The findings identified Th2-related cytokines as characterizing for the prognosis of acute episodes of NMOSD at 1 month and found serum NfL to be a likely biomarker of disease severity at attack.
A recently conducted prospective study (NCT04101058) evaluating attacks in patients with neuromyelitis optica spectrum disorder (NMOSD) showed generally moderate outcomes after treatment, with Expanded Disability Status Scale (EDSS) scores continuously and significantly decreasing over a 3-month period.
Senior author Wei Qiu, MD, professor of neurology, The Third Affiliated Hospital of Sun Yat-Sen University, and colleagues aimed to explore the outcomes of NMOSD attacks and investigate serum biomarkers for prognosis and severity. A cohort of 100 patients diagnosed with an acute attack of NMOSD was enrolled from January 2019 to December 2020. Neurologic function, including visual acuity and disability assessments, were performed at attack, at time of discharge, and at the 1-, 3-, and 6-month follow-up visits.
Patients received treatment with either intravenous methylprednisone pulse therapy alone (IVMP; 71%), IVMP combined with apheresis (8%), IVMP combined with intravenous immunoglobulin (18%), or other therapies (3%). Modest, but statistically significant decreases in EDSS scores were observed, with patients having median scores of 4 (interquartile range [IQR], 3.0-5.5) at attack to 3.5 (IQR, 3.0-4.5) at discharge, 3.5 (IQR, 2.0-4.0) at the 1-month visit, and 3.0 (IQR, 2.0-4.0) at the 3-month visit (all P <.01). Approximately 9% of patients relapsed within 3 months, and 13% relapsed within 6 months during the trial.
Similar remission rates were observed across the 4 submanifestations (optic neuritis [ON], myelitis [MY], ON+MY, and others) represented in the study. Notably, remission rates were significantly lower for isolated ON than for isolated MY at the 1-month visit (36.8% vs 66.7%; P = .027). Regardless of clinical manifestation, no significant difference was observed among the 4 treatment options for NMOSD attacks. Investigators noted however that this finding was likely due to the small number of cases in some subgroups.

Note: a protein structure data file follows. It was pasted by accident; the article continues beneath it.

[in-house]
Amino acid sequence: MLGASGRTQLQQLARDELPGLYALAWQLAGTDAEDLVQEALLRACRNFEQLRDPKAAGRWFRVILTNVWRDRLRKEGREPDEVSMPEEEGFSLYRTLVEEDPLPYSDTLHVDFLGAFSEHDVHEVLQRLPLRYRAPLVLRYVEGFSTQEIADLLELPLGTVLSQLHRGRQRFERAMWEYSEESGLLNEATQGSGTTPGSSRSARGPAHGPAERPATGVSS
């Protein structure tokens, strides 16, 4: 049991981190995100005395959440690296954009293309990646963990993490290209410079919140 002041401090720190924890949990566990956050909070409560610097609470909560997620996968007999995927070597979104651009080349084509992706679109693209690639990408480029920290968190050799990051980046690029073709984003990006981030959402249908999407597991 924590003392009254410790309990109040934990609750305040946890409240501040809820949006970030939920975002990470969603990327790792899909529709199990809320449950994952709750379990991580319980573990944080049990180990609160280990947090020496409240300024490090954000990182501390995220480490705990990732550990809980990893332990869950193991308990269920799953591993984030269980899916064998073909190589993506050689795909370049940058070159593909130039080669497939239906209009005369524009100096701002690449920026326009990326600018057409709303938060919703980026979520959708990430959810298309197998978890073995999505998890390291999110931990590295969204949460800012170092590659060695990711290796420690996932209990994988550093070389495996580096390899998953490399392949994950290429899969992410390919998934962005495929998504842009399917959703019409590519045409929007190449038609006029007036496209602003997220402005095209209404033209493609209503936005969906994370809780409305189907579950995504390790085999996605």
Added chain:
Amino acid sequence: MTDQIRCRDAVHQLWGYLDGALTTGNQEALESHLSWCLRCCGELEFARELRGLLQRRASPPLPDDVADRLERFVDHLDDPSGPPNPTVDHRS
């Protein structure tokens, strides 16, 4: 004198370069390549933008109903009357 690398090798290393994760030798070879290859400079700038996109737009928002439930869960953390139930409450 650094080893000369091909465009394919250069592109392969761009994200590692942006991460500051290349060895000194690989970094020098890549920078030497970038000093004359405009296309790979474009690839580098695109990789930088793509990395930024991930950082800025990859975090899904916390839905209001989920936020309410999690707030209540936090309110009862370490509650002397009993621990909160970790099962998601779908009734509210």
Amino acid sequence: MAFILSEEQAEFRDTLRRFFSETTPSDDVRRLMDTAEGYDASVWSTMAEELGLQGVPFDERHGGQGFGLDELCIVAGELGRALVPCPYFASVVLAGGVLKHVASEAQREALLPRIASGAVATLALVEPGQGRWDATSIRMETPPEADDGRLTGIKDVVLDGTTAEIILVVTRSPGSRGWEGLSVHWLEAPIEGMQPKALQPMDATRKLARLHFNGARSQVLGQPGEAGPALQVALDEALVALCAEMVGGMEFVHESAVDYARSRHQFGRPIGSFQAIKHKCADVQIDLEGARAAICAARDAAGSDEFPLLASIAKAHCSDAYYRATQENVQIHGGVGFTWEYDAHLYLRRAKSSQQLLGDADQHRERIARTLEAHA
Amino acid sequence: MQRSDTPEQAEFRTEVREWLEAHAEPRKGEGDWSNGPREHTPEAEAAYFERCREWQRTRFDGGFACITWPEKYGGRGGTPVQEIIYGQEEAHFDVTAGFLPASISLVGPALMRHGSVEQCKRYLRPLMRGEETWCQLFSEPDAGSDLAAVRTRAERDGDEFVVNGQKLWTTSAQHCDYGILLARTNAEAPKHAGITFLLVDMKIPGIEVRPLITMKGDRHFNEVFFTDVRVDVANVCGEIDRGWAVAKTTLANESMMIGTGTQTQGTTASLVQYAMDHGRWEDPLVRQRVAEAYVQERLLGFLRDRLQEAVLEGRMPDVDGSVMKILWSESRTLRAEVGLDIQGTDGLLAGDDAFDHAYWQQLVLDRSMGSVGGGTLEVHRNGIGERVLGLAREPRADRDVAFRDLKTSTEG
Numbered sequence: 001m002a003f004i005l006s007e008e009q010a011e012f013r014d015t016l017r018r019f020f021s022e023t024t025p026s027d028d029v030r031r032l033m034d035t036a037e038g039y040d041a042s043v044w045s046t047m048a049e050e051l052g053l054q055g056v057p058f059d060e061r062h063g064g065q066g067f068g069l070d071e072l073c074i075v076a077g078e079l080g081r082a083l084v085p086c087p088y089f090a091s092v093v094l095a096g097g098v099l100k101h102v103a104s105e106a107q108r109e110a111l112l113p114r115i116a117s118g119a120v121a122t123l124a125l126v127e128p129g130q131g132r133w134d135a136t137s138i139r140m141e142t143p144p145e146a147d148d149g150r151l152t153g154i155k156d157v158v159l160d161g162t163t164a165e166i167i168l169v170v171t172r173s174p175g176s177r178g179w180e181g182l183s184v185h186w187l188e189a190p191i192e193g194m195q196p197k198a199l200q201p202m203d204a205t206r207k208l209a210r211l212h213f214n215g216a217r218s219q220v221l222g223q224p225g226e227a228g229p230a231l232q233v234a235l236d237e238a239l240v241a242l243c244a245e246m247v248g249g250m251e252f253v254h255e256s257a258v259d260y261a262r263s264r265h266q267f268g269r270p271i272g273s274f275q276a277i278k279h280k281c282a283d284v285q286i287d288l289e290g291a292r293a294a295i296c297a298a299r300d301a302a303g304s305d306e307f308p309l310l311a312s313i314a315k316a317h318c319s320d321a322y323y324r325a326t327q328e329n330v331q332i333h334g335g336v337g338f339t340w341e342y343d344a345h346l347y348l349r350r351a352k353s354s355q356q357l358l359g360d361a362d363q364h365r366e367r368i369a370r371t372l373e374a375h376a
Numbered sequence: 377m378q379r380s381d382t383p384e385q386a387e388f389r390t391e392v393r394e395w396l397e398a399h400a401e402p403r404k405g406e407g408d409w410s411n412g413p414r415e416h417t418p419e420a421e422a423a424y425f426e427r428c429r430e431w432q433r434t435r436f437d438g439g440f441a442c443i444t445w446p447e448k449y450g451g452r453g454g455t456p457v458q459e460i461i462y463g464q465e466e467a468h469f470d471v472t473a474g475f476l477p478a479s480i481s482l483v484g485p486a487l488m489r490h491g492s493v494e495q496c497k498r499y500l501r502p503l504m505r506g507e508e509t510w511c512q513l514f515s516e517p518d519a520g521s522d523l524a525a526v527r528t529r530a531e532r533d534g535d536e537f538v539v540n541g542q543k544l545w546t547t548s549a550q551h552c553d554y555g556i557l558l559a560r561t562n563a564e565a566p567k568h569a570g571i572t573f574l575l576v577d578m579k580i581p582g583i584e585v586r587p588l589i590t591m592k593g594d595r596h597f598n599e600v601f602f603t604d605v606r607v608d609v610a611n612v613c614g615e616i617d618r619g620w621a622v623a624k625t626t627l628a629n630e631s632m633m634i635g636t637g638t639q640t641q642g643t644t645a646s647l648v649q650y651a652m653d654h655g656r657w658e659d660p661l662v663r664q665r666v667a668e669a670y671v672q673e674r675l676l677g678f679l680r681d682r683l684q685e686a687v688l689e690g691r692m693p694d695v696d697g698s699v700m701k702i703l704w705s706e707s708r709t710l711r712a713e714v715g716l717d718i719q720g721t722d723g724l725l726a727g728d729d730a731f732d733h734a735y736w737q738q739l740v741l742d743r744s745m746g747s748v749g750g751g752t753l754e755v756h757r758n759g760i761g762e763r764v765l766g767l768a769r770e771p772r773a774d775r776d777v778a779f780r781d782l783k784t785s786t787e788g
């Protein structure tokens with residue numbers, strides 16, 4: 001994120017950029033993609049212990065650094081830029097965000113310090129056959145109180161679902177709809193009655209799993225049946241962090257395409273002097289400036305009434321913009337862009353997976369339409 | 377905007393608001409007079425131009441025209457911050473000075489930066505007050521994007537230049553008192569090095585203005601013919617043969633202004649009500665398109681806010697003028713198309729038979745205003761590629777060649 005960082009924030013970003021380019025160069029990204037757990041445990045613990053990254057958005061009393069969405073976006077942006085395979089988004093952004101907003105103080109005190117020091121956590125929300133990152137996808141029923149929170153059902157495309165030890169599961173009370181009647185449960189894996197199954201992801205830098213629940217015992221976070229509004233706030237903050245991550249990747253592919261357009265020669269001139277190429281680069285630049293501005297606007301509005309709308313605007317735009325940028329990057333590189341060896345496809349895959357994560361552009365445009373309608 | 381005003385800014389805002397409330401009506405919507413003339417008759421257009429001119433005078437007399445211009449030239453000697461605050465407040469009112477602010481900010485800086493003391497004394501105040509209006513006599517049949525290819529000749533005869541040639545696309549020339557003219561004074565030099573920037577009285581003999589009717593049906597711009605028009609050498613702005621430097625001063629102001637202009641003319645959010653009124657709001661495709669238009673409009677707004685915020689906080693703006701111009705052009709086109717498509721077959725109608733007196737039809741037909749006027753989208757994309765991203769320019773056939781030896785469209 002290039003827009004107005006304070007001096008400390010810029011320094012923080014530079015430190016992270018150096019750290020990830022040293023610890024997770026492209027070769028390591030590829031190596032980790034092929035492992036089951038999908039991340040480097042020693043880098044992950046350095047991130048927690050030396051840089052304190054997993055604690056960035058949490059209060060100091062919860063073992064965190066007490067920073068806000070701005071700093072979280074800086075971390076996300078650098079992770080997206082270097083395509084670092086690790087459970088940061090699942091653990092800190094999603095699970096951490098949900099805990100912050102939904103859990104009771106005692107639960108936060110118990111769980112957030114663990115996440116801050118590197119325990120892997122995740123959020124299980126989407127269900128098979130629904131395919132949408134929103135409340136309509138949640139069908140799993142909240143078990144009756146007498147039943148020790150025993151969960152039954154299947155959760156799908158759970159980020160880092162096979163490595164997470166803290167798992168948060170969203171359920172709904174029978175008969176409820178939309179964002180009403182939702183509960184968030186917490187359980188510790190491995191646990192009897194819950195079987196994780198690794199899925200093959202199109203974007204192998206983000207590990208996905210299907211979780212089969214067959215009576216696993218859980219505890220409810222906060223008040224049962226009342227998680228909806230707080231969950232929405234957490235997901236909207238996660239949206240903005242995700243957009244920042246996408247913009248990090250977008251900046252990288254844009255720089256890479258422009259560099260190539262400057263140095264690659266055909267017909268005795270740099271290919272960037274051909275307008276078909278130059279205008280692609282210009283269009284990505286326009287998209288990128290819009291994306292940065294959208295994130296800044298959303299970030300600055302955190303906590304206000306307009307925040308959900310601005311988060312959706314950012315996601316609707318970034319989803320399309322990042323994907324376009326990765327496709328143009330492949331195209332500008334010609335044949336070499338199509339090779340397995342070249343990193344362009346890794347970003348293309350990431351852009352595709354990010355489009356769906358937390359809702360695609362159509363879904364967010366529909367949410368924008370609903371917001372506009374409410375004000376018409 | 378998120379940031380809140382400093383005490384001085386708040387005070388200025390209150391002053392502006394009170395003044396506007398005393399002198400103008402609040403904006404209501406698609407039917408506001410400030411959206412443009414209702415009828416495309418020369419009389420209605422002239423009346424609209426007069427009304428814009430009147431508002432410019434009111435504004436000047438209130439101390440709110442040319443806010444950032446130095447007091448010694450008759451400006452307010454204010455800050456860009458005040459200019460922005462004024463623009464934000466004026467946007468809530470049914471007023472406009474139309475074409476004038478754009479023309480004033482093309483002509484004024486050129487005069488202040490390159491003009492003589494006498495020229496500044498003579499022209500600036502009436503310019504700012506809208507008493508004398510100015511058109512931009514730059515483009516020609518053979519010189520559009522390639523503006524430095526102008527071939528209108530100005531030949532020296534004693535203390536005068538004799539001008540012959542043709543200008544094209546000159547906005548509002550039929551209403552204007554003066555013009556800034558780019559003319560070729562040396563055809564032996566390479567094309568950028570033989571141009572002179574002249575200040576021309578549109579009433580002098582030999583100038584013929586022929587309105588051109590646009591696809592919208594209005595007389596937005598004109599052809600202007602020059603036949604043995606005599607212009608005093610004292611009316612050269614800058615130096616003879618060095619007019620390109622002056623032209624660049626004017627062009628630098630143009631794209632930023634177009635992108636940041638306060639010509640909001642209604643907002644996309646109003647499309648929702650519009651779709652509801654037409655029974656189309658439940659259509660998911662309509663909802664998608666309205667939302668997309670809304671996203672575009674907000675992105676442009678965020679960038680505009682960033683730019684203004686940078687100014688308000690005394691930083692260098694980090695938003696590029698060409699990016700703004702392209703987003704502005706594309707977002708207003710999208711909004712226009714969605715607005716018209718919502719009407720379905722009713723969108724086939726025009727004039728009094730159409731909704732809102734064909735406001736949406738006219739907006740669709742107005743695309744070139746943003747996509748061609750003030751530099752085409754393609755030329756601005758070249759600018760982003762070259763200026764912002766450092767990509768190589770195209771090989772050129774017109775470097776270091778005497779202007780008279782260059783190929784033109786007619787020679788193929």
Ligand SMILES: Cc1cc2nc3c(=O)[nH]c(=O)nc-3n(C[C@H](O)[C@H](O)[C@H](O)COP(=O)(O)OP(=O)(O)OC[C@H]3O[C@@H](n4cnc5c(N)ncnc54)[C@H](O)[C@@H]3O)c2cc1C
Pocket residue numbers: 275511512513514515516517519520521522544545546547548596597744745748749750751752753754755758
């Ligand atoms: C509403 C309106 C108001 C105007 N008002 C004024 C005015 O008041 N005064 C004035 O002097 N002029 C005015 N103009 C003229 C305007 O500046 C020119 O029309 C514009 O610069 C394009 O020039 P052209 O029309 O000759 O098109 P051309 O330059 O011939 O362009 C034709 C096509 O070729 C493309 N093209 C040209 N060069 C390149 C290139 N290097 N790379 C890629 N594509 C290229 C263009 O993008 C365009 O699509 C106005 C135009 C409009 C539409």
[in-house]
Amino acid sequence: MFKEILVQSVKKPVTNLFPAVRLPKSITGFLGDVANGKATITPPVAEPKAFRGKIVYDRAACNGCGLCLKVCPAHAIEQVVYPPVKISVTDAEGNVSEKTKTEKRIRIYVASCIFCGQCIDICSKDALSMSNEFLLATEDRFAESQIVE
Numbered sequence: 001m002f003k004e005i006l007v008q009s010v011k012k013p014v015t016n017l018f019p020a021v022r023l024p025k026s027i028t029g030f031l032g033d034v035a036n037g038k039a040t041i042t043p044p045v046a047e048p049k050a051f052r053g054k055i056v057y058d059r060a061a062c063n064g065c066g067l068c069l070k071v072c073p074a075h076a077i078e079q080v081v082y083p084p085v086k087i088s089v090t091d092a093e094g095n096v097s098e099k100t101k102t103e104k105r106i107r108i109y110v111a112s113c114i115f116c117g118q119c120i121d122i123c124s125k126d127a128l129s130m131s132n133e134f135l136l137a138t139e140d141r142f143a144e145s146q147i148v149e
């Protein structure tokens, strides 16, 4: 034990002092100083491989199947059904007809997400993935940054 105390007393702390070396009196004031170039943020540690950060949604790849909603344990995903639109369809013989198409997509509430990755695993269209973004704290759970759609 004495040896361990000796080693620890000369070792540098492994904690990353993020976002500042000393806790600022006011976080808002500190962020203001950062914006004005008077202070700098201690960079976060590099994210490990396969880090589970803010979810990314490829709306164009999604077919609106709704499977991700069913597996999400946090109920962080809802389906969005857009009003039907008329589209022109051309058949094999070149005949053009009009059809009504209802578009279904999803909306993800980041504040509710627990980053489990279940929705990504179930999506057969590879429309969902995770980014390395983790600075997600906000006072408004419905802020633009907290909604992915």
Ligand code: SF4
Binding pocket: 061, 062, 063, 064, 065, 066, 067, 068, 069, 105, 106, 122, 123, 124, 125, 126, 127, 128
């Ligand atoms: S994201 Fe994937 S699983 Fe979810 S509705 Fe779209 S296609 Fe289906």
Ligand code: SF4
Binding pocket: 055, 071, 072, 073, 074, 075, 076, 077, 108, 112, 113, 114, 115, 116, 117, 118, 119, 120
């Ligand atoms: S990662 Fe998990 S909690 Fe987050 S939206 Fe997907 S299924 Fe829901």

The concentrations of 19 cytokines and chemokines were divided into 4 categories (IL-4, IL-10, IL-13, and IL-1 receptor antagonists) and synthesized as 1 principal component 1 (PC1), while the other 15 cytokines were grouped into 3 other rotated components (RCs) named RC1, RC2, and RC3. Using a multivariate logistic regression model, results showed that PC1 was an independent factor for remission at 1 month (OR, 9.33 [95% CI, 1.60-147.14]; P = .04). Qiu et al wrote that, “an attack tends to be relieved at the 1-month visit when the PC1 value increases, and the contribution coefficient of PC1 to the outcome is 2.23.”
Among 21 patients with NMOSD who did not receive therapy for their attacks, the serum neurofilament light (sNfL) chain levels were 31.1 pg/ml (range, 24.4-60.9). When assessing the association between sNfL levels and disease severity, investigators found that levels in the acute phase were positively correlated with EDSS scores at attack (R2 = 0.487; P <.001), signifying that patients who experience more severe attacks are prone to have higher levels of sNfL at the onset stage. Despite this, there was no difference in sNfL levels between the groups divided by therapeutic responses at discharge or at the 1-month follow-up. Additionally, no difference was observed in recurrence or not of therapeutic responses during the next 6 months of follow-up as well.
"In our trial, sNfL levels were positively associated with EDSS scores but irrelevant to the degree of recovery from NMOSD relapses. In addition, we demonstrated that sNfL levels could not predict subsequent relapses within 6 months in patients with NMOSD," Qiu et al wrote, adding that, previously, it has been reported that—in line with their data—sNfL increased in parallel fashion with EDSS scores and age, remaining higher for a longer time after relapse in patients with NMOSD.
"Furthermore, our team also investigated sNfL level of Chinese NMOSD patients with single molecule array (SIMOA) method, a more sensitive assay, and the level of sNfL was lower [medium 7.97 (range 10.55–27.94) pg/mL] than that in this study," they wrote. "The deviation might attribute to the difference between these 2 cohorts. Taken together, sNfL could be a biomarker of disease activity and disability but might not influence the course of an NMOSD attack."